An Interview with … Rod Brown

Looking forward to Australia’s Thoroughbreds reprising the arena triumphs of the past. THOROUGHBRED INSIGHTS with Suzy Jarratt.

“The Thoroughbred Sport Horse Association is a great idea,” enthused 70-year-old Rod from his property in Kulnura on the NSW Central Coast. “As you know my generation grew up with Thoroughbreds. Except, perhaps, for an occasional cross-bred horse, they were all we had.

“I had three outstanding ones which I kept because, as youngsters, they were too difficult to sell to people!

The first was Slinky who went to the Seoul Olympics. George Morris bought her for a client – a magnificent mare. She went to the States and later had foals in Europe.

The second was Spirit (racing name “Test Check”), who belonged to Jo and Peter Anderson in South Australia. We ended up having a half share in him. He became an Australian champion; grey and an absolute stunner. He should have gone overseas but, for one reason or another, we didn’t get there. An outstanding jumper.

Rod Brown & “Mr. Burns” World Cup Grand Prix

The third was Mr Burns owned by the Chapmans. Greg, who’d often transport horses to the abattoir in Riverstone, asked the proprietor, Phillip Burns, to let him know if ever a likely sort arrived. One day he got the call. The horse was poor but looked to be a good type. Greg and Cathy bought him for $350.

Roy Davis did a bit of work with him and then they asked if I’d take him on.Rod Brown & “Mr.Burns” – World Cup Grand Prix

“He was difficult,” said Rod. “If I touched the right rein he’d spin left. That’s how he’d have got the jockeys off which was probably why he was at the knackery!”

In another life, at the track, the gelding – by Favoured Bay out of Big Giggle, a King of Babylon mare, a vital aspect in his attraction to the Chapmans –  was known as Regency Rake. He had only 12 starts, basically around the Riverina, for a Griffith maiden success and $3170 in prizemoney.’  The Sydney Morning Herald – April 30 2004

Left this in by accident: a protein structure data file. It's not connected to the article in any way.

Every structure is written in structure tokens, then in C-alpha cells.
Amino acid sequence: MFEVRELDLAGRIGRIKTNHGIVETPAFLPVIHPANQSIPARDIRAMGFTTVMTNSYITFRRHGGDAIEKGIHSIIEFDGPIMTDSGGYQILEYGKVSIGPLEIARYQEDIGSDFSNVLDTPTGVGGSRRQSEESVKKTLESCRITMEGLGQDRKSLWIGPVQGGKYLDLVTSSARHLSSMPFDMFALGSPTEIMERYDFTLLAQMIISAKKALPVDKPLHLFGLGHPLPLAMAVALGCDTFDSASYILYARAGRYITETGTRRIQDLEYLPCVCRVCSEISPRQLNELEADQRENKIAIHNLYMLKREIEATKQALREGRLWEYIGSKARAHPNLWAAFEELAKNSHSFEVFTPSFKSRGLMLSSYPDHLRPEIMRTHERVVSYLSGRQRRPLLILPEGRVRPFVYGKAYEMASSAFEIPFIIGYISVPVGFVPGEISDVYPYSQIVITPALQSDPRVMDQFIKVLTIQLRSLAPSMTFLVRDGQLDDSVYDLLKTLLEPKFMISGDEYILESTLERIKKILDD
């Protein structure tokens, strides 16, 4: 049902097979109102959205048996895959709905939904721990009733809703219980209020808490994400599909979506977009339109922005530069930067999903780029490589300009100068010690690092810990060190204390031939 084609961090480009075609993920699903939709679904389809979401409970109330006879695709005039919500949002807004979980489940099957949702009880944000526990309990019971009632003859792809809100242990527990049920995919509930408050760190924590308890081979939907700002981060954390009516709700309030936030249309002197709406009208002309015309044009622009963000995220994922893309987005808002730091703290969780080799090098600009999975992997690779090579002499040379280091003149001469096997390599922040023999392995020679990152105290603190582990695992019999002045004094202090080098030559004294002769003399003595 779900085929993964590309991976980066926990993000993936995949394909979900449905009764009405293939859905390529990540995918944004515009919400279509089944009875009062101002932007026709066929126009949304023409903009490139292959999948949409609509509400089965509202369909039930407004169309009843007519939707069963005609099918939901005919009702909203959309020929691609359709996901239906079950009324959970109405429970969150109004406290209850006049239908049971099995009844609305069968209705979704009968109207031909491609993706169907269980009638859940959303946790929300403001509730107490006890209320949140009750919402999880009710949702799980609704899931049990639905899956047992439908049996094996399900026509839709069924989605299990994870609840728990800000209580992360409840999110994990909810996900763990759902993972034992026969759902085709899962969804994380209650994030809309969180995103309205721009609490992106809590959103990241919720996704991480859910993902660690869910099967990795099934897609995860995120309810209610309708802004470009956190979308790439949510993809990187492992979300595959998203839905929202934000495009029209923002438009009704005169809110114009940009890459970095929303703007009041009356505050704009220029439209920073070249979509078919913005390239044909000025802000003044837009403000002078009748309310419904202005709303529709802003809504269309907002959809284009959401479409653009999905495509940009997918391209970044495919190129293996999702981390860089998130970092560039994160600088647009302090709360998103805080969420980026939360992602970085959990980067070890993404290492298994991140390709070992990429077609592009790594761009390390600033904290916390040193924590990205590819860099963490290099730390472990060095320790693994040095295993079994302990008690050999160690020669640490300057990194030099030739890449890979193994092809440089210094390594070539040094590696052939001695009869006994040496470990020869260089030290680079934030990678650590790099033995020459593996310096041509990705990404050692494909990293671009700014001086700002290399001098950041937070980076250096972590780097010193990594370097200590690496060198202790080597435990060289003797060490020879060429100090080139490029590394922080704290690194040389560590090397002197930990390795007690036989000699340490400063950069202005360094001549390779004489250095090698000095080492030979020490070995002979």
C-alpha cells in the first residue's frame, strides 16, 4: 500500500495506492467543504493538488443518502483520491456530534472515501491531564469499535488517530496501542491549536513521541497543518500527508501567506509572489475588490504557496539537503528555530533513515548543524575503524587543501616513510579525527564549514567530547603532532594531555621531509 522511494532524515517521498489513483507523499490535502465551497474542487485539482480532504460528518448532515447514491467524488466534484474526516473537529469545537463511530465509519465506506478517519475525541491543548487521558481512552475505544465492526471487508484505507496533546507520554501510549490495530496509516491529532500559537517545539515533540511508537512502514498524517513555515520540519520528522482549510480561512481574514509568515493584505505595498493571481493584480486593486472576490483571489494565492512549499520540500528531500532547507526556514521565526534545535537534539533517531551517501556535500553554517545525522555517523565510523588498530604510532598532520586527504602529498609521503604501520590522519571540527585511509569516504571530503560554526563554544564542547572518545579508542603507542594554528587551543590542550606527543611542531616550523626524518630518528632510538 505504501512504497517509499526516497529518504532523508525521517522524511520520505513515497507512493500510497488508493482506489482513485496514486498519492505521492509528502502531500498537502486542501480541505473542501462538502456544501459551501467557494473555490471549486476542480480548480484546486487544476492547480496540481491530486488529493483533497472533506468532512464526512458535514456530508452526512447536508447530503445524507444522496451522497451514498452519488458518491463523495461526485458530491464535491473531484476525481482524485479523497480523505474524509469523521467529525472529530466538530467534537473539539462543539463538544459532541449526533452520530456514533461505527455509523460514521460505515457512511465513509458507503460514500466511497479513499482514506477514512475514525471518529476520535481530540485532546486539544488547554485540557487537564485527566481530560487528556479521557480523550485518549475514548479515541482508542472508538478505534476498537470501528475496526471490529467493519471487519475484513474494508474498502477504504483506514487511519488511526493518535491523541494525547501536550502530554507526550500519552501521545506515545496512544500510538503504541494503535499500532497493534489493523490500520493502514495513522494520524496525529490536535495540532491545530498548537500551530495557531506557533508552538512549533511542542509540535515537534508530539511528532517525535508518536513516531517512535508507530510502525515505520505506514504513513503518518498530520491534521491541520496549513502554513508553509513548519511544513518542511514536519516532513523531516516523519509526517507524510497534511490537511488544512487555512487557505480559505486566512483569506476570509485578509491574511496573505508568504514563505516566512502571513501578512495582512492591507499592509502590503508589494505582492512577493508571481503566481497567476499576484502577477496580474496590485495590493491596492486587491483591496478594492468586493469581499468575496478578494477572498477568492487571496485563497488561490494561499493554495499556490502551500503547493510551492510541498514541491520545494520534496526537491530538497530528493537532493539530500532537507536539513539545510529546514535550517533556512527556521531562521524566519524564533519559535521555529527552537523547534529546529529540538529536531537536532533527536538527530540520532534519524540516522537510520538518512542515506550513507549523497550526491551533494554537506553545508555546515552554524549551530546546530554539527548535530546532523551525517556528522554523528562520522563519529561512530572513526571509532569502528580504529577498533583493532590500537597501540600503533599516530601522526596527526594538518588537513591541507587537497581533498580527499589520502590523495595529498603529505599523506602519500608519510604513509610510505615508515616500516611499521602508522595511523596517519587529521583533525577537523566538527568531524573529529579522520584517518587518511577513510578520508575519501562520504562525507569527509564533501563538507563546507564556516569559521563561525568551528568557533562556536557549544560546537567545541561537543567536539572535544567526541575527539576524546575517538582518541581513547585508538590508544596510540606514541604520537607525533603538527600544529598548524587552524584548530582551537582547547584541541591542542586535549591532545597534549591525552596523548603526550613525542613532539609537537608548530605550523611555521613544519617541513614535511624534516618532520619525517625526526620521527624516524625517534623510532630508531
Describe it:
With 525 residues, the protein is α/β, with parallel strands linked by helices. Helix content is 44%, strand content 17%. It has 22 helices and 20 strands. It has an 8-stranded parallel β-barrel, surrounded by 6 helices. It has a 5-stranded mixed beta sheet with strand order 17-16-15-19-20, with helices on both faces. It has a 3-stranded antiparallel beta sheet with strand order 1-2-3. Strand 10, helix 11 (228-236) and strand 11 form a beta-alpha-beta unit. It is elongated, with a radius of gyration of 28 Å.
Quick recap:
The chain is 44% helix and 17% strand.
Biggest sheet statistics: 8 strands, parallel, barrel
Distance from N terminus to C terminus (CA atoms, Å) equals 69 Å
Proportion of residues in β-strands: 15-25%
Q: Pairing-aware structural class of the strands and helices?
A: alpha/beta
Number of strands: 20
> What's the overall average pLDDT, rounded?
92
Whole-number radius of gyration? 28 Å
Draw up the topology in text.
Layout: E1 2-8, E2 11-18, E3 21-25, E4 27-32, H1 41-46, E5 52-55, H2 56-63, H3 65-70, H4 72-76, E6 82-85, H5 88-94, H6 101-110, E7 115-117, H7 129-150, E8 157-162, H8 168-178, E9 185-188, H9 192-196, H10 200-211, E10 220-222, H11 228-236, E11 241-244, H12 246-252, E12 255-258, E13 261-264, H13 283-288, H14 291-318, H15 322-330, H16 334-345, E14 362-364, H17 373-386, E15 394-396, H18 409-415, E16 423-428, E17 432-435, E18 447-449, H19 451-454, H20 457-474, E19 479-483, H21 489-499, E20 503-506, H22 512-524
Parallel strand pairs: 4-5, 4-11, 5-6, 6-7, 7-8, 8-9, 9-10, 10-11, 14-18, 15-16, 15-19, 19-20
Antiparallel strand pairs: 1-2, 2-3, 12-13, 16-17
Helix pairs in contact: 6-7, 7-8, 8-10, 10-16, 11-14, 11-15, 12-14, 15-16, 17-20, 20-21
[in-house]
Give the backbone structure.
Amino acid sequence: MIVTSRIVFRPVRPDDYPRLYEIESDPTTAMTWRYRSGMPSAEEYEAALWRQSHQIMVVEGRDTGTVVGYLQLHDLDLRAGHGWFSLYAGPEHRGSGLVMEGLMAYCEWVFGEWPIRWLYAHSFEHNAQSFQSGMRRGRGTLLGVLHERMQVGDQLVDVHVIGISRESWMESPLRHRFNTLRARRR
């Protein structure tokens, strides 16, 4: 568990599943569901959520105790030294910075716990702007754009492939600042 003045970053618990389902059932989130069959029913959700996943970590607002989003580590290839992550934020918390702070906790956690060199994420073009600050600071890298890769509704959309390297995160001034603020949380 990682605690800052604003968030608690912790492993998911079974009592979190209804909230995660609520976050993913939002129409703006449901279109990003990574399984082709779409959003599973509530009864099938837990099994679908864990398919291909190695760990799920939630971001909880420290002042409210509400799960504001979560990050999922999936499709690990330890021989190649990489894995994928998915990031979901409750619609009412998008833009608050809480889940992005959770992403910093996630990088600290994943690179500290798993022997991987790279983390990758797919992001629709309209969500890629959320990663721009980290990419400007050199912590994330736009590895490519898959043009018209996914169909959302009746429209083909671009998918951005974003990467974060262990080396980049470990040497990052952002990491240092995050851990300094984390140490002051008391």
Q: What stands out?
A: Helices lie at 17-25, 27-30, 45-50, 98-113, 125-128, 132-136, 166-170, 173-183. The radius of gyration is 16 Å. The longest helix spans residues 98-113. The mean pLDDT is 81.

Rod persisted and got him up to Grand Prix level but didn’t have time to go on the show circuit. As he was busy with his business and in his role as national coach, Jamie Coman rode Mr Burns before he took over as national coach.

The ride then went to Andrew Inglis and the combination competed in Europe aiming for the 2004 Olympics. They won a GP in France but didn’t make it to Athens.

Upon returning home the horse became sick with pneumonia.

He recovered and after a while Rod began riding him again.

“He went from strength to strength,” recalled Rod, who in 2006 won five of the six selection classes for the World Equestrian Games, including the Australian Championships at Sale, and together they went to the WEG at Aachen.

“He became a most beautiful horse to ride.”

Mr Burns was sold to an American woman in Hong Kong.  He became unwell and his final years were spent with a friend of Rod’s who was based in Germany.

“Mr Burns was the easiest horse I’ve ever had to jump.”

Back in the day what Thoroughbred lines did showjumpers look for?

“There was King of Babylon and, earlier than that, Blue Peter (Slinky’s dam was from that fabulous jumping line). And Mikado, who Spirit was by, he also had Blue Peter in him.”

In the late nineties there was a bunch of imported warmbloods that were purpose bred for sport horses.  The breed was all the fashion in Europe and America – so we followed suit.

We Australian riders didn’t like the very early imports which were big and heavy but then came more athletic types.”

And is there any difference in training the two different breeds?

“My methods remain much the same with both.  A lot of people say you can’t use too much leg on a Thoroughbred – that’s wrong because the TB relaxes to your leg.  My main tip when getting a Thoroughbred off the track is to buy a really great type.  I look for a tall, off the ground, scopey and rangy horse who’s a big mover.  I also used to look for the bloodlines known to produce jumpers.  We’d work them for a couple of weeks to make sure they were obedient – then free jump and jump them under saddle. That way we knew relatively quickly what we had.

An especially good thing about Thoroughbreds is that much of the work has been done.  Even if they only got to pre-training or trials they all know how to go forward.

We’ve one Thoroughbred in our competition team at the moment – a nice 16.3hh bay gelding.  His name is I’ve Got It who, incidentally, goes back to Sadler’s Wells and Century.  Rod McQueen is currently competing him in the metre classes.”